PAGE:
Java Language Running a Java application with library dependencies


Example

This is a continuation of the "main class" and "executable JAR" examples.

Typical Java applications consist of an application-specific code, and various reusable library code that you have implemented or that has been implemented by third parties. The latter are commonly referred to as library dependencies, and are typically packaged as JAR files.

Java is a dynamically bound language. When you run a Java application with library dependencies, the JVM needs to know where the dependencies are so that it can load classes as required. Broadly speaking, there are two ways to deal with this:

  • The application and its dependencies can be repackaged into a single JAR file that contains all of the required classes and resources.

  • The JVM can be told where to find the dependent JAR files via the runtime classpath.

For an executable JAR file, the runtime classpath is specified by the "Class-Path" manifest attribute. (Editorial Note: This should be described in a separate Topic on the jar command.) Otherwise, the runtime classpath needs to be supplied using the -cp option or using the CLASSPATH environment variable.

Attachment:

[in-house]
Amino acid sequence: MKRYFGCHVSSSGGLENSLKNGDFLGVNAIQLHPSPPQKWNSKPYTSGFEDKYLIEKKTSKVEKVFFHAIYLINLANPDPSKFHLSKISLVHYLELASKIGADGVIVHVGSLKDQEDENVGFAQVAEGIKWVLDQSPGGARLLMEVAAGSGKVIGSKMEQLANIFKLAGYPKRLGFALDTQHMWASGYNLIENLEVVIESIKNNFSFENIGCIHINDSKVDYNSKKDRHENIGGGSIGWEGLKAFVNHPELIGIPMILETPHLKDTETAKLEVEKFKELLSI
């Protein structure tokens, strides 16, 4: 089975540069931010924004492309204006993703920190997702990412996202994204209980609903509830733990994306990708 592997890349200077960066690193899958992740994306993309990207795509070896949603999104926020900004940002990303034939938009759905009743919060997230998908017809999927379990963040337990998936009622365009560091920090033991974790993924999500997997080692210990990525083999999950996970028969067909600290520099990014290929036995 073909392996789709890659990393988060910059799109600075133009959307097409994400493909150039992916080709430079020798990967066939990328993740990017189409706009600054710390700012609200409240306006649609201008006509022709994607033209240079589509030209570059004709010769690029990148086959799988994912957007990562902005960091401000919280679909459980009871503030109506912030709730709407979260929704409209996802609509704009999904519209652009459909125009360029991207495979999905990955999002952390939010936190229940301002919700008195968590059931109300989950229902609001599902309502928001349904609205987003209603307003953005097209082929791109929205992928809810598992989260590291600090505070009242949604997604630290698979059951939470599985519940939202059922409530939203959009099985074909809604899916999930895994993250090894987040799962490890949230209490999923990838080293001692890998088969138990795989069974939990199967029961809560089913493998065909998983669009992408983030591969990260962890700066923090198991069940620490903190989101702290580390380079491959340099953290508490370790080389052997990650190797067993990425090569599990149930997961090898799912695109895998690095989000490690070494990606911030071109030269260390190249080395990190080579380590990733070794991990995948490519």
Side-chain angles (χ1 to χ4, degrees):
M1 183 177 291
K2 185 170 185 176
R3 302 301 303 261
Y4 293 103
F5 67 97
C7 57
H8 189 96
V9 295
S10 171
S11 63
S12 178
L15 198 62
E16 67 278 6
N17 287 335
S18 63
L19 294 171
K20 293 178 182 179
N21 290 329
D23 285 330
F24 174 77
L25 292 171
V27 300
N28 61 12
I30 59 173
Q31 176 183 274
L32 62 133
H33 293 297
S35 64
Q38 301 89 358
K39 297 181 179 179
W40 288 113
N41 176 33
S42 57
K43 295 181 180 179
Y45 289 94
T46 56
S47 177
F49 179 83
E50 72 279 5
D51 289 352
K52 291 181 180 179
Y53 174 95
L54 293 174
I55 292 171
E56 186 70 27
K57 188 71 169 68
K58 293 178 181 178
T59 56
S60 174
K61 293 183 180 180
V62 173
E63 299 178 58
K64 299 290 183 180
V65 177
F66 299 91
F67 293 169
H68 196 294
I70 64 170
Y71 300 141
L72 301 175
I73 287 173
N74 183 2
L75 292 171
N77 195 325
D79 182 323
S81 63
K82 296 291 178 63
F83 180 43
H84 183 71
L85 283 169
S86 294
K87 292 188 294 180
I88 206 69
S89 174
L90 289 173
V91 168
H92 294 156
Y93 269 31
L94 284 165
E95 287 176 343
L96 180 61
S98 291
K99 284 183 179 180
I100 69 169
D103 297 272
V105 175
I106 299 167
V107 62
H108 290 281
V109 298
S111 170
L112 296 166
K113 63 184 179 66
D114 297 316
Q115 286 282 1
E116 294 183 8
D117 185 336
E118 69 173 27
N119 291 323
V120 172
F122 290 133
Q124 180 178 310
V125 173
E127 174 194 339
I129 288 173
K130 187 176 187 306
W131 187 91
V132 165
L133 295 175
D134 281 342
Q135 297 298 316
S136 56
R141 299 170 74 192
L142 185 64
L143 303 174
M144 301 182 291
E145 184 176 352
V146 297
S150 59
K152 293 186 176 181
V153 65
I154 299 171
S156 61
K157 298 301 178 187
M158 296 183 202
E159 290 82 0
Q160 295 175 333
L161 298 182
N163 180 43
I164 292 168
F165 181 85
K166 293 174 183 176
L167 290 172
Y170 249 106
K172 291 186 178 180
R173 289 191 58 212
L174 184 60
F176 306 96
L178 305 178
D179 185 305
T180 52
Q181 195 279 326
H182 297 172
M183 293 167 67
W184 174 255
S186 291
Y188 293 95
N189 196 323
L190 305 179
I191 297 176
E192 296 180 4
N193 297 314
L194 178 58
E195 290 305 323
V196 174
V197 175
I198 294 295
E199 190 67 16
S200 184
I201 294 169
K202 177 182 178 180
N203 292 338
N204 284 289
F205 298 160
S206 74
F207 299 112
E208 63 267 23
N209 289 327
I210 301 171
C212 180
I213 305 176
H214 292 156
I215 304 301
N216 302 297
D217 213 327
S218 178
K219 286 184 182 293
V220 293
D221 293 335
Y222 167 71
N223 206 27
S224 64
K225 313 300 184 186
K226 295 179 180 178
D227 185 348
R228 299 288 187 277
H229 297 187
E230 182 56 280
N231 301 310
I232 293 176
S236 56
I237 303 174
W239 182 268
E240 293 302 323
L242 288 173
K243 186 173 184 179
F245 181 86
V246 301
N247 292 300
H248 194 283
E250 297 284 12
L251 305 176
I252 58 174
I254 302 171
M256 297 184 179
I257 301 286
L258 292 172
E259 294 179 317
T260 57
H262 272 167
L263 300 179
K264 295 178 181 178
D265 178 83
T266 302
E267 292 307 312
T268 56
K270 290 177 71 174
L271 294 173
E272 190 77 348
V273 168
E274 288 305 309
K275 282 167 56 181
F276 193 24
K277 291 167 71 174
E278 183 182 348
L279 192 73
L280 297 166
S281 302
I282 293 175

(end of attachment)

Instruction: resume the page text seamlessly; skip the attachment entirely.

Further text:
For example, suppose that we have a Java application in the "myApp.jar" file whose entry point class is com.example.MyApp. Suppose also that the application depends on library JAR files "lib/library1.jar" and "lib/library2.jar". We could launch the application using the java command as follows in a command line:

$ # Alternative 1 (preferred)
$ java -cp myApp.jar:lib/library1.jar:lib/library2.jar com.example.MyApp

$ # Alternative 2
$ export CLASSPATH=myApp.jar:lib/library1.jar:lib/library2.jar
$ java com.example.MyApp

(On Windows, you would use ; instead of : as the classpath separator, and you would set the (local) CLASSPATH variable using set rather than export.)

While a Java developer would be comfortable with that, it is not "user friendly". So it is common practice to write a simple shell script (or Windows batch file) to hide the details that the user doesn't need to know about. For example, if you put the following shell script into a file called "myApp", made it executable, and put it into a directory on the command search path:

#!/bin/bash
# The 'myApp' wrapper script

export DIR=/usr/libexec/myApp
export CLASSPATH=$DIR/myApp.jar:$DIR/lib/library1.jar:$DIR/lib/library2.jar
java com.example.MyApp

then you could run it as follows:

$ myApp arg1 arg2 ...

Any arguments on the command line will be passed to the Java application via the "$@" expansion. (You can do something similar with a Windows batch file, though the syntax is different.)